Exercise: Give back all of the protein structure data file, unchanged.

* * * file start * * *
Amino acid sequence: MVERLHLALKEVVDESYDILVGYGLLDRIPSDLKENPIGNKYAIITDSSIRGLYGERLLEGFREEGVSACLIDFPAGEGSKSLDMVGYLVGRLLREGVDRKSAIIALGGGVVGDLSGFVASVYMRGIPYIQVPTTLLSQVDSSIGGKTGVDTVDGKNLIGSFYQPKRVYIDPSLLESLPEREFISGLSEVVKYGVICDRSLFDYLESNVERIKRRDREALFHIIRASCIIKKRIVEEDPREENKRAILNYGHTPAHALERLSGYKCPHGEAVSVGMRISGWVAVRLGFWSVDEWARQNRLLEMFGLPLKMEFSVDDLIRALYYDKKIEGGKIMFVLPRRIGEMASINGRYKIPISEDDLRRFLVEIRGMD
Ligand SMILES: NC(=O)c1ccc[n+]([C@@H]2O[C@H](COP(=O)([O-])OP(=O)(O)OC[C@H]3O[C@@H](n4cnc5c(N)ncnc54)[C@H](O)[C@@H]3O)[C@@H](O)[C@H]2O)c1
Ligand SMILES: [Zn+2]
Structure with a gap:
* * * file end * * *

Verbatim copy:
Amino acid sequence: MVERLHLALKEVVDESYDILVGYGLLDRIPSDLKENPIGNKYAIITDSSIRGLYGERLLEGFREEGVSACLIDFPAGEGSKSLDMVGYLVGRLLREGVDRKSAIIALGGGVVGDLSGFVASVYMRGIPYIQVPTTLLSQVDSSIGGKTGVDTVDGKNLIGSFYQPKRVYIDPSLLESLPEREFISGLSEVVKYGVICDRSLFDYLESNVERIKRRDREALFHIIRASCIIKKRIVEEDPREENKRAILNYGHTPAHALERLSGYKCPHGEAVSVGMRISGWVAVRLGFWSVDEWARQNRLLEMFGLPLKMEFSVDDLIRALYYDKKIEGGKIMFVLPRRIGEMASINGRYKIPISEDDLRRFLVEIRGMD
Ligand SMILES: NC(=O)c1ccc[n+]([C@@H]2O[C@H](COP(=O)([O-])OP(=O)(O)OC[C@H]3O[C@@H](n4cnc5c(N)ncnc54)[C@H](O)[C@@H]3O)[C@@H](O)[C@H]2O)c1
Ligand SMILES: [Zn+2]
Structure with a gap: